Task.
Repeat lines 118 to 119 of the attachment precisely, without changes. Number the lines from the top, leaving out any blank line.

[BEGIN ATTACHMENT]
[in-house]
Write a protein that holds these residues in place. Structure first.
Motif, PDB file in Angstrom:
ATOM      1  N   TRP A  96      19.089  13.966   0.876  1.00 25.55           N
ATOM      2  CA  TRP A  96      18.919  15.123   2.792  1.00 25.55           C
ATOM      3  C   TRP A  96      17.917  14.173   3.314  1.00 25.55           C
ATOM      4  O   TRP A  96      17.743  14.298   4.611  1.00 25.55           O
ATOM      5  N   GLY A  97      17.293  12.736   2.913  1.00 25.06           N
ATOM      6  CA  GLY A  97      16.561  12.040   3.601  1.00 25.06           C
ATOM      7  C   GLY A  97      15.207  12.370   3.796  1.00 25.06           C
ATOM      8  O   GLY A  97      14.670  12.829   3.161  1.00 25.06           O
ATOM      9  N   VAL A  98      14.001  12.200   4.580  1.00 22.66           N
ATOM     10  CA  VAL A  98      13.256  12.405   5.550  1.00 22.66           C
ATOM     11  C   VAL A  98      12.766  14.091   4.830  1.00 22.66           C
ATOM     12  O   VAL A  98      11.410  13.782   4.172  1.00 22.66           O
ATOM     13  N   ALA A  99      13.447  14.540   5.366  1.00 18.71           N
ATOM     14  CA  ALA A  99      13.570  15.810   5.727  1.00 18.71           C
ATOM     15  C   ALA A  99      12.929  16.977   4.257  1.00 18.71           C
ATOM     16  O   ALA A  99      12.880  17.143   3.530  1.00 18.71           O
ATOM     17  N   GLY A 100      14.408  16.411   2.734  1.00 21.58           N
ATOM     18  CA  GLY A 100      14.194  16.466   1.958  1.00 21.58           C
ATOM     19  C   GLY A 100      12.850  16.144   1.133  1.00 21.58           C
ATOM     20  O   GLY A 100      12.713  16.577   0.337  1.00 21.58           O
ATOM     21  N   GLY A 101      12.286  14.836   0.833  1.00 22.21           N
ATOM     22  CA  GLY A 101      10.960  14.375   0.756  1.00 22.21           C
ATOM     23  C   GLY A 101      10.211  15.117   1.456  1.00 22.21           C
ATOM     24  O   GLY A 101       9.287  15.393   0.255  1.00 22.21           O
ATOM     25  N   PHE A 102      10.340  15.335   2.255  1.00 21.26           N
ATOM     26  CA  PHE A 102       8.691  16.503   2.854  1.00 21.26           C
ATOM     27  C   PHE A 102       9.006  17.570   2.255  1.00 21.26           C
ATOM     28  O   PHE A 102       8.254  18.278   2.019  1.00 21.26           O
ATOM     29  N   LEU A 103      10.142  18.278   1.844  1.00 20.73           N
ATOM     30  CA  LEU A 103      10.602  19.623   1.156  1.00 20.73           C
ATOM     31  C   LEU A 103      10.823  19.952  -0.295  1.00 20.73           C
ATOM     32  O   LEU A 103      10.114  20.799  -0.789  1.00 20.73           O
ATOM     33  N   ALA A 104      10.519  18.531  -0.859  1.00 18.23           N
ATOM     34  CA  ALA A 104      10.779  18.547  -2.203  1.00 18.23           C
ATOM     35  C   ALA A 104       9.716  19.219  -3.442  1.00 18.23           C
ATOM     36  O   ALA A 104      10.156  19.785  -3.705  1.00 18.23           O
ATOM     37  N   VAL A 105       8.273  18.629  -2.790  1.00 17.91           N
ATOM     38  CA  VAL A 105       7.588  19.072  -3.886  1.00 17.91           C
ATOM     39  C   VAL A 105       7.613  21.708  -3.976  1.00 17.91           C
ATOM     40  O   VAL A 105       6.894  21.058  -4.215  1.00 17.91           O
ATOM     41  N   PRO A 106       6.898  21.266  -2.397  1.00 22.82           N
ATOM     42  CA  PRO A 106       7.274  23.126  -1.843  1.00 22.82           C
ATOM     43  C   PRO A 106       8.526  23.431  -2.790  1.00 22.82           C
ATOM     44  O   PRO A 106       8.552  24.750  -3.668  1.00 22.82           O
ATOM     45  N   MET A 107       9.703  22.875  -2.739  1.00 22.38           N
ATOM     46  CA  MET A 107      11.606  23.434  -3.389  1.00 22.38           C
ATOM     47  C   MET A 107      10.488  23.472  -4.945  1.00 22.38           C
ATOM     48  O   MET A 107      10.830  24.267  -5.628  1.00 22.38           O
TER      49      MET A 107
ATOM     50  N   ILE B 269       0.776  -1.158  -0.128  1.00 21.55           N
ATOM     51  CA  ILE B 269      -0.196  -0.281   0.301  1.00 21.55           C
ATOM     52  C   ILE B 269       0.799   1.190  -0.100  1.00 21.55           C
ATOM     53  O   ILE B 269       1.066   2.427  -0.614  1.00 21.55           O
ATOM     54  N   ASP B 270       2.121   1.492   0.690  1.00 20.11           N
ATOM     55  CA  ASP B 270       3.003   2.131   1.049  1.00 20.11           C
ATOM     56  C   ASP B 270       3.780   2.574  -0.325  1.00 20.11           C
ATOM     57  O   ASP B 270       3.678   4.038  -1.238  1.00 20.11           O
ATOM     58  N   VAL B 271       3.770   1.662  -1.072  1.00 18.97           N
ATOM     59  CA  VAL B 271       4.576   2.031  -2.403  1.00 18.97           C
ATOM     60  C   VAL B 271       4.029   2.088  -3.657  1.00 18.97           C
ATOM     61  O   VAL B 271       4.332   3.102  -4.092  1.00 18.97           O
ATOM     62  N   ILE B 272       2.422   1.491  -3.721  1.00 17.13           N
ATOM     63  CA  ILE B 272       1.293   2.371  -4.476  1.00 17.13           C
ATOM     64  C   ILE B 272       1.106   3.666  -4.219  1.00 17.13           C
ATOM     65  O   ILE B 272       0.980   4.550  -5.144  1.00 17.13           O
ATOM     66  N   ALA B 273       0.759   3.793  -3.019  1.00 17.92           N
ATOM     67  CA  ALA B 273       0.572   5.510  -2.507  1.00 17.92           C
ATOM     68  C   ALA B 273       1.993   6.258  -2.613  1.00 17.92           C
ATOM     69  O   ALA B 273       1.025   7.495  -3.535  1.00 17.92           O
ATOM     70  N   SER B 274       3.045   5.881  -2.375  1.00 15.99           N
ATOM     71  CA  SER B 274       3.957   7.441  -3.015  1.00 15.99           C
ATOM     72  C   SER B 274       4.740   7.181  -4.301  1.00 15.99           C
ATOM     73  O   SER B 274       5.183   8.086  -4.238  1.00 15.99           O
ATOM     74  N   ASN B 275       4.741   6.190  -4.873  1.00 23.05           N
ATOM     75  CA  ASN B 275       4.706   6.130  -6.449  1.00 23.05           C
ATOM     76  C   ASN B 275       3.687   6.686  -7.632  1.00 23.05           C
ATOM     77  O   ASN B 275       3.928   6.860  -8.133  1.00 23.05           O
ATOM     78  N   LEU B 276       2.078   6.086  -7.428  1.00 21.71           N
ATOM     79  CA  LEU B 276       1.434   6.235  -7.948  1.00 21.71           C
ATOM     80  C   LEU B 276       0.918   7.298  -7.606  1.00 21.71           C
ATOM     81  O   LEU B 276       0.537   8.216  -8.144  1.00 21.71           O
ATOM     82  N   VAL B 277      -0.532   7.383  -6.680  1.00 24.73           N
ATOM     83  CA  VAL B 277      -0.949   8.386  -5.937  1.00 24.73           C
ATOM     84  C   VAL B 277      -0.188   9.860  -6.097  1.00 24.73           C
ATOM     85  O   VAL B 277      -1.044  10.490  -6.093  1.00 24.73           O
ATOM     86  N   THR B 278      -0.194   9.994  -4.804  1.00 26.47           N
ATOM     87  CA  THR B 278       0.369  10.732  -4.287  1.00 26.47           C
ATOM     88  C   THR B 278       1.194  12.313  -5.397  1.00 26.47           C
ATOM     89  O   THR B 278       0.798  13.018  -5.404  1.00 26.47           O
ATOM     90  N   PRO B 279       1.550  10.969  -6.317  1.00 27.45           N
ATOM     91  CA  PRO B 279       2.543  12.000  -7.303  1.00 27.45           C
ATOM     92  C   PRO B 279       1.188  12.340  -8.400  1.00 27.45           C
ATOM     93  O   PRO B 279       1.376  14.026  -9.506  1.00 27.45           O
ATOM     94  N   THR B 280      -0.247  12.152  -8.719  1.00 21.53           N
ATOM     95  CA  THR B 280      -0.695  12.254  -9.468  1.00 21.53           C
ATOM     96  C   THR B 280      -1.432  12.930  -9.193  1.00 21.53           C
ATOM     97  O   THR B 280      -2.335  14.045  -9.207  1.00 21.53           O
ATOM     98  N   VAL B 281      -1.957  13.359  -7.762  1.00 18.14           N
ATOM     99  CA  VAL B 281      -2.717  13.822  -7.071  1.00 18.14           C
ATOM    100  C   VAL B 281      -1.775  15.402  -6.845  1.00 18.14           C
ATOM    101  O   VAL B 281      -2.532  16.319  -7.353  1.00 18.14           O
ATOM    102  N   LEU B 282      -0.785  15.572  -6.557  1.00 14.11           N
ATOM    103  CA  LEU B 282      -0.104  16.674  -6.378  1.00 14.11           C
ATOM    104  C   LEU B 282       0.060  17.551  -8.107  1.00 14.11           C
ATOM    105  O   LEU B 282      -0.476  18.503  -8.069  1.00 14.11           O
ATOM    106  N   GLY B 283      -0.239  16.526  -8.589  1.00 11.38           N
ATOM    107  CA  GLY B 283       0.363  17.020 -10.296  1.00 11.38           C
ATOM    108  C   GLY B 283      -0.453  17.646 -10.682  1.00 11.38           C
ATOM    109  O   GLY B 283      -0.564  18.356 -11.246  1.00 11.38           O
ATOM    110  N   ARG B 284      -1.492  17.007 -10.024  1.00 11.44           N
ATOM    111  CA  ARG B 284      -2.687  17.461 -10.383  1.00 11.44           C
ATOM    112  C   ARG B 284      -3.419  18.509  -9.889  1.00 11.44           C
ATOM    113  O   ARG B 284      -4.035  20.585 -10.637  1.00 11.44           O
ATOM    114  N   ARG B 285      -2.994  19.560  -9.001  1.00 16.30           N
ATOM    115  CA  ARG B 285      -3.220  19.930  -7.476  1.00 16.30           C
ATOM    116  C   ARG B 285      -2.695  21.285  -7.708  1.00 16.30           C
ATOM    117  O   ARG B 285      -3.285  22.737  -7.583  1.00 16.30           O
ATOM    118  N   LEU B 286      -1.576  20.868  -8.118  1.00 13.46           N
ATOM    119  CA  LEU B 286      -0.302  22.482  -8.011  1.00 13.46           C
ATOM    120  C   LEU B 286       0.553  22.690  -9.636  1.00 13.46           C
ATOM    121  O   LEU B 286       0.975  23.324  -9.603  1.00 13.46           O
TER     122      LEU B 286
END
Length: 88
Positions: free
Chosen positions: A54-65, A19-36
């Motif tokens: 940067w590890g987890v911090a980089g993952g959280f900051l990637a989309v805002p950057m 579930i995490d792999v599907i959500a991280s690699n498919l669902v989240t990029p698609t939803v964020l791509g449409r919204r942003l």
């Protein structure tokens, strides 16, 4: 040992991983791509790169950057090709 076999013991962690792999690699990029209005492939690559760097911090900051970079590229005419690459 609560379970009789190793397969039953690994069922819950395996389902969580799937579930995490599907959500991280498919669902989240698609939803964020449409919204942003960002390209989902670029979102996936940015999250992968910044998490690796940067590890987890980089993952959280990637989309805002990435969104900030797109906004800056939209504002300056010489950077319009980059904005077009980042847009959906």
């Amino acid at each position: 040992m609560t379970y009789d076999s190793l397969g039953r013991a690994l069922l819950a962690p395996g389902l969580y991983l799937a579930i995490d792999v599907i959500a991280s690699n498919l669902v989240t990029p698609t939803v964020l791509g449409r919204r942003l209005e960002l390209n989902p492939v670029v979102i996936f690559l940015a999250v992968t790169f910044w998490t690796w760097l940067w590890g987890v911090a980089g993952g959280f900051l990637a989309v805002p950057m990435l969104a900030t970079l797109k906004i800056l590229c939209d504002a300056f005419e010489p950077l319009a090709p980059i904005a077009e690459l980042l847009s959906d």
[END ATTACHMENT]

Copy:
ATOM    115  CA  ARG B 285      -3.220  19.930  -7.476  1.00 16.30           C
ATOM    116  C   ARG B 285      -2.695  21.285  -7.708  1.00 16.30           C